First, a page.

Nowhere in the Bible does Joseph speak, at least not with words. He doesn’t have to. His actions tell all. Joseph reminds us that religious legalism has its limits. Doing what we have a right to do, and doing it to others when they are guilty of one thing or another, often puts us in conflict with the power of love.

Faced with more than one option, Joseph redefines what it means to be a moral person, where love is at the center and religious customs, certainties, and legalities lie on the periphery. No doubt, Joseph will end up modeling and teaching this option to Jesus every chance he gets.

When did someone act like a Joseph to you?

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A House Story, Chapter 3

DrawerHandle - Copy_edited-1

I haven’t found any hidden treasures in the house we’re ripping apart. No family heirlooms left behind. No stash of cash tucked in an interior wall. Not a single gem whose value went unnoticed by the previous owners. I’ve resigned myself that there’s nothing in this house that will get me on Antiques Roadshow.

But we’ve collected some items which, depending on your eye, could be considered a form of art: drawer handles, windows locks, and door knobs. Because of the accumulation of paint (lead based, I’m guessing) this hardware no longer functions the way it was intended to. Yet, when I stare at them long enough and set up a camera, I see something pleasing. That said, as soon as I get around to renting a 20-yard dumpster these paint-clogged relics will be the first to go.                ParisKnob&Hook - Copy_edited-1

I’ve been 60 years old for a week now. 34 years ago I was ordained into ministry. Something weird is happening to me. I catch myself stripping away layers and layers of paint – thick, theological, oil-based coats of orthodox paint. This de-layering started about ten years ago when I got serious about studying the life of Jesus. I turned to the gospel of Luke and read through it more times than I can count. I struggled through the Greek and relied on lots of English translations. I ended up with a manuscript I hope to publish: Jesus, a Life–365 Reflections on the Gospel of Luke.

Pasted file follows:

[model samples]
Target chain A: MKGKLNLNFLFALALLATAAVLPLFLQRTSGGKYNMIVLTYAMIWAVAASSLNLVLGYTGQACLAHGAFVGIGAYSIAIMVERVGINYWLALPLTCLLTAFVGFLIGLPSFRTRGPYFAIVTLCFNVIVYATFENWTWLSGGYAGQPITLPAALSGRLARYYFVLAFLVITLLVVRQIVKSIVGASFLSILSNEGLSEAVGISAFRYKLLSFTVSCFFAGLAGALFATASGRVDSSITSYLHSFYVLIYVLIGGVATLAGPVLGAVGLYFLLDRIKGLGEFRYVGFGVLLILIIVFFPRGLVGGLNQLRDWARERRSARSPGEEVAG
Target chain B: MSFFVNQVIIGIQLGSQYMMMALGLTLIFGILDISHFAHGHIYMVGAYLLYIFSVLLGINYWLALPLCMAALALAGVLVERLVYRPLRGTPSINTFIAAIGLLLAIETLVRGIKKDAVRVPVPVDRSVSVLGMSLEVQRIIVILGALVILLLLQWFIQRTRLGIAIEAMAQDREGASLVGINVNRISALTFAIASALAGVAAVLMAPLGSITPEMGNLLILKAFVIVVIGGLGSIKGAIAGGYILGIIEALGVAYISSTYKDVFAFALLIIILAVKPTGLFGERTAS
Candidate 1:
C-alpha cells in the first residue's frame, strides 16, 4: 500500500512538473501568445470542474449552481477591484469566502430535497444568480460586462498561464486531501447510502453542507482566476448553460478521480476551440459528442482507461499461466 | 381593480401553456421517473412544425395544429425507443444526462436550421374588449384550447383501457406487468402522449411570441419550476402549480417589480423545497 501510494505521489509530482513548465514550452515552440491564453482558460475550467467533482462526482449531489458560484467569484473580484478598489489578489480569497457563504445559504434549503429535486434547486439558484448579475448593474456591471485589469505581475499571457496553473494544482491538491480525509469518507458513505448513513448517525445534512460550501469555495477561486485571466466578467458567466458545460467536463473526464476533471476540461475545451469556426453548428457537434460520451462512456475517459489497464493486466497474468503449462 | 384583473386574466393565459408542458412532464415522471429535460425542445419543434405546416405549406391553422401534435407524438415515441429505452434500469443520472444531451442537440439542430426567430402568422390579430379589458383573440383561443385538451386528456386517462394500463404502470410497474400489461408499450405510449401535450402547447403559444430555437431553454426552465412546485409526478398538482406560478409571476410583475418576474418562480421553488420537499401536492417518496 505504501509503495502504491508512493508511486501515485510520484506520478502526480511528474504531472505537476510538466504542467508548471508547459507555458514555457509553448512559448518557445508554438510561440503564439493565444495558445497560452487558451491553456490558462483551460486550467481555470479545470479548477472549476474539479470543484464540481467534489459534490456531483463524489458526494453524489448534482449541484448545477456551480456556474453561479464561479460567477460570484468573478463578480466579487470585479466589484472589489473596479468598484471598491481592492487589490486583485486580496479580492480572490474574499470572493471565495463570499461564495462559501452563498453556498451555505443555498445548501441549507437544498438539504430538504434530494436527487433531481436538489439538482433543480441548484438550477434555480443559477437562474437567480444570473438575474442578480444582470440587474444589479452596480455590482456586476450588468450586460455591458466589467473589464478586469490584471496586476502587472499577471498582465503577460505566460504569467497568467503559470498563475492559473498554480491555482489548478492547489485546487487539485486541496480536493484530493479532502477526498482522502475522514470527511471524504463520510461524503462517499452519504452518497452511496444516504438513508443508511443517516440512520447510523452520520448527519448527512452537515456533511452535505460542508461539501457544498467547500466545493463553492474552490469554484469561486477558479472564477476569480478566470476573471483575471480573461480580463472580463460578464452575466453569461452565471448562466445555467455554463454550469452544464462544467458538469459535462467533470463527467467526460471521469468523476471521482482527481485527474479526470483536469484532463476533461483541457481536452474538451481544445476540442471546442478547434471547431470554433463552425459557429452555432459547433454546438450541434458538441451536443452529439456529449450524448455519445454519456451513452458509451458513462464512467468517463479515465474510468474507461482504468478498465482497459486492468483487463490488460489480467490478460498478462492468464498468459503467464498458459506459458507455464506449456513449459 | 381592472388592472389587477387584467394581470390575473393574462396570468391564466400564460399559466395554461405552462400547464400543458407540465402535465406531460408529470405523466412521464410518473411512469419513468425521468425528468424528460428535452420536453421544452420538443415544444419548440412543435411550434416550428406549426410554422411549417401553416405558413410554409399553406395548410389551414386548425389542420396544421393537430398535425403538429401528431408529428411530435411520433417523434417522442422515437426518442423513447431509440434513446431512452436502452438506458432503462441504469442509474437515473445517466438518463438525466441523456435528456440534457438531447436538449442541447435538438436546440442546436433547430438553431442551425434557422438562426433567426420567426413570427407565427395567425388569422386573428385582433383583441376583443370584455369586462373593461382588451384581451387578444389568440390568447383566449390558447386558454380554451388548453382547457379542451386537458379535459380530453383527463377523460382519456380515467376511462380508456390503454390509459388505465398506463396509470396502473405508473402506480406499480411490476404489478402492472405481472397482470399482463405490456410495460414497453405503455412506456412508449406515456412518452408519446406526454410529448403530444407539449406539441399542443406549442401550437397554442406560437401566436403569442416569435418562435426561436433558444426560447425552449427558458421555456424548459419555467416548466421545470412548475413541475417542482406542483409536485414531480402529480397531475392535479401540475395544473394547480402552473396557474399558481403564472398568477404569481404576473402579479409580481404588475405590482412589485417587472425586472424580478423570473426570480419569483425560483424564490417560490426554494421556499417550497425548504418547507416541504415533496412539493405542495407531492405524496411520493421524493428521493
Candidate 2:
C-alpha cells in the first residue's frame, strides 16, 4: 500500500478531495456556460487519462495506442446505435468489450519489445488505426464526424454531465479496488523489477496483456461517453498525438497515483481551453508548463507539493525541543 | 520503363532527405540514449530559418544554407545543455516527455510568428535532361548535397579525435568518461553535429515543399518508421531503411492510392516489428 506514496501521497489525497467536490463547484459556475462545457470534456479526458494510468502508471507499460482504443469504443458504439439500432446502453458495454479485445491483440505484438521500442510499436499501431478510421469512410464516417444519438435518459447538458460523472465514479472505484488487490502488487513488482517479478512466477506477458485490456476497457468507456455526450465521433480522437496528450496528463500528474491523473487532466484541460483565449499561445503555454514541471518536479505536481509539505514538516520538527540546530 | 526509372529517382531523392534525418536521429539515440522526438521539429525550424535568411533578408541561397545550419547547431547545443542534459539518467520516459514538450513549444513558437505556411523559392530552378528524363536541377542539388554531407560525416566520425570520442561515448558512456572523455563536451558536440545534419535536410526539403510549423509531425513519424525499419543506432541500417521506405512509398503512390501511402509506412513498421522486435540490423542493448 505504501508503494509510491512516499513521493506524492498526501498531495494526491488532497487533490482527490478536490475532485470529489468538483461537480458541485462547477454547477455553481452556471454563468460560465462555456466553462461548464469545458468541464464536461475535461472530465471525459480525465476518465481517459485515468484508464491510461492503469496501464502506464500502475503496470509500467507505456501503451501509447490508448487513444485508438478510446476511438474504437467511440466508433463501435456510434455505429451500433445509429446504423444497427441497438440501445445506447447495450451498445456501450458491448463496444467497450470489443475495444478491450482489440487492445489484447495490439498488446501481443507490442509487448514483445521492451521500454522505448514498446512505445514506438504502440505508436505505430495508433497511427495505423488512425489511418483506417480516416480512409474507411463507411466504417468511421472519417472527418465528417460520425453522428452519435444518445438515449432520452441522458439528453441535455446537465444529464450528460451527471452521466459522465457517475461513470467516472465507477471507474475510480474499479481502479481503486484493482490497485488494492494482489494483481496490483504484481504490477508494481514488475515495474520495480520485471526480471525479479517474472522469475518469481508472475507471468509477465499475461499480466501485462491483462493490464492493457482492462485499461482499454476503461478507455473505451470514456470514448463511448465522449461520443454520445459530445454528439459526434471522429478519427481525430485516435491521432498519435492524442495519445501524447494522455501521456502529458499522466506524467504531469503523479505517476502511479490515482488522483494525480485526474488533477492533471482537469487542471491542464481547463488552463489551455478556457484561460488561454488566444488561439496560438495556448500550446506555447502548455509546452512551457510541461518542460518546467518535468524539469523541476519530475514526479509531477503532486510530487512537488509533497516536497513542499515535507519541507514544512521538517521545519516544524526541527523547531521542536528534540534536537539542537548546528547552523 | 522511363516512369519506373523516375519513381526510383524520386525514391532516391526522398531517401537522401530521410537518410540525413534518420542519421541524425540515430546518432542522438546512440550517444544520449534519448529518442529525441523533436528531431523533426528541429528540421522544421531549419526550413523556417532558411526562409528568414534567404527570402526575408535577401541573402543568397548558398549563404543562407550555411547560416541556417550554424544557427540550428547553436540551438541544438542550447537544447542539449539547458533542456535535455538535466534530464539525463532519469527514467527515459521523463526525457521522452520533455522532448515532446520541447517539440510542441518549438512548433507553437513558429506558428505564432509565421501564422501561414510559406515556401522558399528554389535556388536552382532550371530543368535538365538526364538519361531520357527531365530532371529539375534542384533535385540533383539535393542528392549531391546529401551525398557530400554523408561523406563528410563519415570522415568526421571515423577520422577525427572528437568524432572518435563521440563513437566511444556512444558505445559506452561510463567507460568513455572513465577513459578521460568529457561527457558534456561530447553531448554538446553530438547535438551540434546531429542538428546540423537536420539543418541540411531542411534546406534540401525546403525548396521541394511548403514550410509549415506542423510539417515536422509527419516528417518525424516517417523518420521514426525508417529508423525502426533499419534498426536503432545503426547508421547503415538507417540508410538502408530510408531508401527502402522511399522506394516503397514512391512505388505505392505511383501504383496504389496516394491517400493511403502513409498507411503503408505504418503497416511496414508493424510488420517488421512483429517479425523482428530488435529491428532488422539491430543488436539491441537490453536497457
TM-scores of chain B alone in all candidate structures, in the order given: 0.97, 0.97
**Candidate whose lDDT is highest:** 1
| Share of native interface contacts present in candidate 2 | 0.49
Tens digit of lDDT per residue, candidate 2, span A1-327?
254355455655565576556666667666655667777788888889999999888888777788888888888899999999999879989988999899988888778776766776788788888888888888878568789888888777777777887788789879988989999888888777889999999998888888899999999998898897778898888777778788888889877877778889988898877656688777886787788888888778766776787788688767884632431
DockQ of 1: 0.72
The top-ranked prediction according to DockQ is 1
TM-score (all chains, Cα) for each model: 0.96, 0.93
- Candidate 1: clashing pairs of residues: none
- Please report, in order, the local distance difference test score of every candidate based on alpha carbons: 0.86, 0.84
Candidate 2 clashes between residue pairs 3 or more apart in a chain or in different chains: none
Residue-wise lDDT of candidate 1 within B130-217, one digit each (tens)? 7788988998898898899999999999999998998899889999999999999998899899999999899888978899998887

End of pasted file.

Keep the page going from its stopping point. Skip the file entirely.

I ended up at a place where I had no intention of going. Here’s what I learned. In matters of faith and religion, as it concerns God and Jesus, believe what you want. It doesn’t matter. How we choose to live makes all the difference.  

In the 18th chapter of Luke, a seeker comes to Jesus with a heavy question: “How do I get eternal life?” Jesus’ answer is surprising and revealing. He doesn’t add layer upon layer of paint and say, “Believe in me and you’ll get what you wish for.” Or “I’m the Son of God and that should tell you something.”

Instead, Jesus points to the ethics of holy living, “Be faithful in your relationships. Protect life. Don’t steal. Speak truthfully. Honor your parents.” Without bragging, the seeker acknowledged he was already doing these things. Surely there was something he was missing. But what was it?

ParisWindowLock - Copy_edited-1

Jesus replies again, but not how we might expect. He doesn’t say, “OK, here’s the real deal. I’m going to die for your sins, so repent and look to me as your Lord and Savior.” Nor does he say, “Let me remind you, my mother was a virgin when she bore me.” Jesus tweaks the seeker’s life. “If you really want it all, sell all you have and equitably distribute the money to the poor.”

If this was the only occasion in Jesus’ ministry when he triumphed right living over right believing, we could easily ignore it. But it’s not. Most of Jesus’ parables say the same, so do the Beatitudes, the Lord’s Prayer, and the Sermon on the Mount. In most churches, it’s the other way around. We promote what we believe over the ways we tend to the least and the last and care for the world. There’s just too many layers of paint on our theological handles.

[For previous installments of A House Story go to www.danielplasman.com/blog/ Pull down the CATEGORIES menu and select A House Story]